Family & Relationships

Things to Consider Before Becoming a Foster Parent

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Becoming a foster parent is an admirable choice to make, but it is not a decision one should make lightly. Deciding to become a foster family and open up your home to children in need can take time and carry an emotional toll – on you as well as the kids placed in your home. For many though, the act of helping a child in need makes the experience that much more rewarding.

Raising a child can be one of the biggest decisions in your life, so it's important to be aware of the time commitment and financial obligations, as well as all of the legal ramifications of your decision before you start down that path. One of the best things you can do is get legal advice from an attorney in your state who practices in this area of law. They will know the relevant laws, can review your particular situation and will provide guidance on fostering process. Throughout the process, be sure to keep in mind that the best interests of the child(ren) placed in your care should be your highest priority.

What is foster care?

Though the child welfare system is intended to be a temporary placement, fostering is meant to protect children who have been abused, neglected or dependent and whose parents or relatives are unable to care for them. The average age of a child in foster care is eight, though children and youth can be placed in the system from infancy to young adulthood.1 They could have been placed there for any number of reasons. Alcohol or drug addiction, homelessness or guardian illness are just a few of the ways children end up in foster care. The number of children in foster homes did go down from 2008-2017, but the problem is still far from being solved.2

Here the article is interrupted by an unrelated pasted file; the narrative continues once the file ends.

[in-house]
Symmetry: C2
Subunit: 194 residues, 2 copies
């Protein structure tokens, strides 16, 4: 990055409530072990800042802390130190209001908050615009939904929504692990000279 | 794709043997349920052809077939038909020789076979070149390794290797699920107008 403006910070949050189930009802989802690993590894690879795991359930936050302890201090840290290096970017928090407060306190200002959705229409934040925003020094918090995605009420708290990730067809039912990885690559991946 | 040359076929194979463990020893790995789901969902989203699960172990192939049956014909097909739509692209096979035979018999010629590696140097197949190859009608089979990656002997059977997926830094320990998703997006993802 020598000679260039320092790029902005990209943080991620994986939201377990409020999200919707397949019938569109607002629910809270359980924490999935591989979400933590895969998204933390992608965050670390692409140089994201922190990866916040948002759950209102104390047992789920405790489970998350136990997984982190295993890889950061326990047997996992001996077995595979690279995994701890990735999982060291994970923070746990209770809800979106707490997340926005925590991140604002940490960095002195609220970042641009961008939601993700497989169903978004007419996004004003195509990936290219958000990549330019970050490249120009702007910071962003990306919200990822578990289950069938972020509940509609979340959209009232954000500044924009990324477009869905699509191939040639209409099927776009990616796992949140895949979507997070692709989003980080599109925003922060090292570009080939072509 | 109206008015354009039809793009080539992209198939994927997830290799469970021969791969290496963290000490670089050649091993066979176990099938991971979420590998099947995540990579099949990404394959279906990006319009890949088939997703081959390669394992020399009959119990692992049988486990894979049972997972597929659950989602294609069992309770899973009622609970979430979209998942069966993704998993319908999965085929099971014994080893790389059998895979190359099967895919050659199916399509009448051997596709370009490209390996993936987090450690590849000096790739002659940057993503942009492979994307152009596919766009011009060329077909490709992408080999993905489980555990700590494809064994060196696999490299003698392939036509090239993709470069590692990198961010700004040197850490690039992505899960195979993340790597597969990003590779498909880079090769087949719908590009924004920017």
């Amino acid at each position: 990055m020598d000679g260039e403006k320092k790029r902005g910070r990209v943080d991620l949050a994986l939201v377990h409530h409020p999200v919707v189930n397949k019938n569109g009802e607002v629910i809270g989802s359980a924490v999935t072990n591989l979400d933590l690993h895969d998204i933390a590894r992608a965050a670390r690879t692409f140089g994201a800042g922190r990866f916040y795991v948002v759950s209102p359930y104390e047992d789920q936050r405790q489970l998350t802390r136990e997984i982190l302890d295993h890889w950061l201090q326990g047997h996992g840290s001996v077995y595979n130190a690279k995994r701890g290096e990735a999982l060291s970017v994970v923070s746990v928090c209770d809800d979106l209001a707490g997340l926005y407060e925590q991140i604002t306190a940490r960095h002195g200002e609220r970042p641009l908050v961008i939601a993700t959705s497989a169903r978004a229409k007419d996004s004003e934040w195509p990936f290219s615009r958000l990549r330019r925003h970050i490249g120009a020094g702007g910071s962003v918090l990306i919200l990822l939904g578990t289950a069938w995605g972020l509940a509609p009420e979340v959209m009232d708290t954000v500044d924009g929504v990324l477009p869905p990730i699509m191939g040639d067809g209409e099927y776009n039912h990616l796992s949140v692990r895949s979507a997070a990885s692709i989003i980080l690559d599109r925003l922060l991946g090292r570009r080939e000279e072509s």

Many states require licensing or certification before bringing children into your home. Before taking steps toward licensing, consider which type of foster parenting is most applicable to your situation. Types include:

  1. Emergency or urgent care usually provides short-term care if a child is placed in protective state custody.
  2. Kinship care involves children being looked after by relatives such as grandparents, aunts, uncles or cousins.
  3. Therapeutic or treatment care, for children who have faced traumatic experiences or who have medical conditions.
  4. Respite care or short-term care is when another foster family takes in a child to give their foster family a respite.

Different laws across the country

Each state makes has its own set of regulations for foster care placements. While you must be at least 18, state minimum age requirements can go up to 25. A background check will be conducted based on the rule defined by each location and nearly every state requires some sort of training, such as first aid qualifications. Often, the process looks something like this:

  • Family assessment. Also called a “home study”, this entails formally assessing your capability to care for children and collects information about other members of your family who live in the home.
  • Reference check. Agencies will usually ask for at least three, and they are generally confidential.
  • Background check. Fingerprints are taken to aid in searching local, state and national databases to look at any criminal or child abuse history you may have.
  • Home safety check. A house or apartment must be assessed to ensure it is a safe place for children. Usually requires adherence to local building codes and sometimes involves inspection by a fire marshal.
  • Orientation and Training. Training required by states can be anywhere from 10 to 30 hours before licensing. Agencies themselves may ask for more training and will include information on how to work with local agencies throughout the process.
  • Licensure. After training, licensing worker will provide an assessment with suggestions for which children might fit in best with the family or what further training is recommended.3